The key word is “performance.”
I’ve been thinking a lot about modes of presentation within the context of electroacoustic music. There is always a bit of a conundrum when it comes to presenting music that is created with a computer. One of the complaints I hear a lot goes something like: “just a guy with a laptop – could be just checking his email.”
No doubt that when it comes to “performance” there is not much inspiring about somebody sitting behind a laptop, especially if he or she is not doing anything else.
Today I’d like to raise a few points in response to the opinion that visuals are necessary to complete the experience of computer-based music. I have neglected to present any of my electronic/electroacoustic music because of the complaint I mentioned above, which I find to be off-putting and discouraging.
1) We listen to music without seeing the performers all the time. That is a valid experience of music – entirely through a recorded medium.
2) It is common or typical to have electroacoustic concerts without live performers – just speakers set up in a concert location. It’s like listening to music on your own except enhanced with a much better sound system in a space designed for the experience of sound. Some people find this boring; I do not (unless the music is boring).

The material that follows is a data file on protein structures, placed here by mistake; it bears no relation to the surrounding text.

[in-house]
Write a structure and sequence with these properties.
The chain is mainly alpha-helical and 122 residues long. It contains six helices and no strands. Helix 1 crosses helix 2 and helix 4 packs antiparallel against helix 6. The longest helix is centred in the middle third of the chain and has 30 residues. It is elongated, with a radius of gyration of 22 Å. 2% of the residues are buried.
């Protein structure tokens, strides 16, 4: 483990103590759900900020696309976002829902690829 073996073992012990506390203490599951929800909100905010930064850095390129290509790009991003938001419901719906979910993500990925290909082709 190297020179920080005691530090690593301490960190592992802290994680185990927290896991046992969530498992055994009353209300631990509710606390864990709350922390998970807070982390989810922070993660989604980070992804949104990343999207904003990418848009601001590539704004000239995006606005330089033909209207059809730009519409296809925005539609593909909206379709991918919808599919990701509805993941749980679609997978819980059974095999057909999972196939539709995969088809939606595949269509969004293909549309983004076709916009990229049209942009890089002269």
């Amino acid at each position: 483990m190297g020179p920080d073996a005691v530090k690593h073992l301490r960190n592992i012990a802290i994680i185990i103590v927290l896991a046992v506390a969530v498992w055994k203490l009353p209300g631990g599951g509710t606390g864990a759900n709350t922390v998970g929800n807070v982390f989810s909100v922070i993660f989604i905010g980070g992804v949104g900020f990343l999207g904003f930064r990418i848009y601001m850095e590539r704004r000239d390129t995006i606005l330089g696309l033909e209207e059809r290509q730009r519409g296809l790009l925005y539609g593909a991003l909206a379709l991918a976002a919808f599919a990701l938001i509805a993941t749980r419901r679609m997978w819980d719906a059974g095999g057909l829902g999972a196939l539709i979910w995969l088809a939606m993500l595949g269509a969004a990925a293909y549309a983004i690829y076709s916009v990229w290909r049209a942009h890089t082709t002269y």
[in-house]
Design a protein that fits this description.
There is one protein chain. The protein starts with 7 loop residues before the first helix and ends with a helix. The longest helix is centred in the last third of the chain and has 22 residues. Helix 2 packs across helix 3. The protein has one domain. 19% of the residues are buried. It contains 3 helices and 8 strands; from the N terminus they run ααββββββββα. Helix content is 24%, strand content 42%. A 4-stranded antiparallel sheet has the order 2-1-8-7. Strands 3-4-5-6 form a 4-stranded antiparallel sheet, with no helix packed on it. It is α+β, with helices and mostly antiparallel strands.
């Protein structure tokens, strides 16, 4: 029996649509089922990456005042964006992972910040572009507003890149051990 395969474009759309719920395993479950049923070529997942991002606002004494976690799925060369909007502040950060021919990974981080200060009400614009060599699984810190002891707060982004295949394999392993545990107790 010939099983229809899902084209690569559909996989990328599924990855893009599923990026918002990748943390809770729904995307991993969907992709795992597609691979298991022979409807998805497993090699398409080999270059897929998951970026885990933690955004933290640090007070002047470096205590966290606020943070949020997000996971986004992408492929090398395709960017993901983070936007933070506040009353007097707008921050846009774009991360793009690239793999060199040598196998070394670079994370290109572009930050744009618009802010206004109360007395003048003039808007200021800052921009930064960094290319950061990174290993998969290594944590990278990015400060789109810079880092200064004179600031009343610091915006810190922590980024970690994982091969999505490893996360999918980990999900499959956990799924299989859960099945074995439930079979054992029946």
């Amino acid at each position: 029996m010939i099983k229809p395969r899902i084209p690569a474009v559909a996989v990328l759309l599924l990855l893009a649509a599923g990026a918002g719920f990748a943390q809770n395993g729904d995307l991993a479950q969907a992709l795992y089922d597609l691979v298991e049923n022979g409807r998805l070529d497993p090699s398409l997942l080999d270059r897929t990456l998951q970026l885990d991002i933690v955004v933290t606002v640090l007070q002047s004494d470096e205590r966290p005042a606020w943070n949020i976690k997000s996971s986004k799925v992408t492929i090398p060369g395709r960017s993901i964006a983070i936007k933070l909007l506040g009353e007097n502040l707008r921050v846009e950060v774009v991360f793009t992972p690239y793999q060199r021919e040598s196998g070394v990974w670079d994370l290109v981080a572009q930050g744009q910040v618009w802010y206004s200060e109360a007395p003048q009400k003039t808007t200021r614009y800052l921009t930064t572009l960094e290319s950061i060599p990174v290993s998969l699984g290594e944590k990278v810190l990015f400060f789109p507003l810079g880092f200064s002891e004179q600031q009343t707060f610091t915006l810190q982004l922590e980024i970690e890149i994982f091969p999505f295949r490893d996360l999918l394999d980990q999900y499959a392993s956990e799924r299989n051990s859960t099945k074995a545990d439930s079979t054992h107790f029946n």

3) When I go to a chamber music or orchestral performance, it is about the sound of the music in that space at that time and not about the performers sitting on chairs behind music stands. To me, there is not much difference between this visual and the person with the laptop. But I’d like to emphasize: it is not about how the set-up looks, it is about the sound.
4) I find visuals distracting from the music. Are we there for the music or for the visuals? In film for instance, the music serves the film. Film music is often interesting in its own right but the golden rule for film music composition is: it must not detract or distract from the film. Conversely, if music is composed for its own sake and then visuals are added, I cannot appreciate the music as deeply if I am also experiencing the visual elements.
It seems to me that an interesting preference arises when the humans responsible for creating the music are necessarily present to make the music happen. We need them not only to perform, but we need them to be interesting performers.
We could, however, just sit back (close our eyes?) and enjoy the music.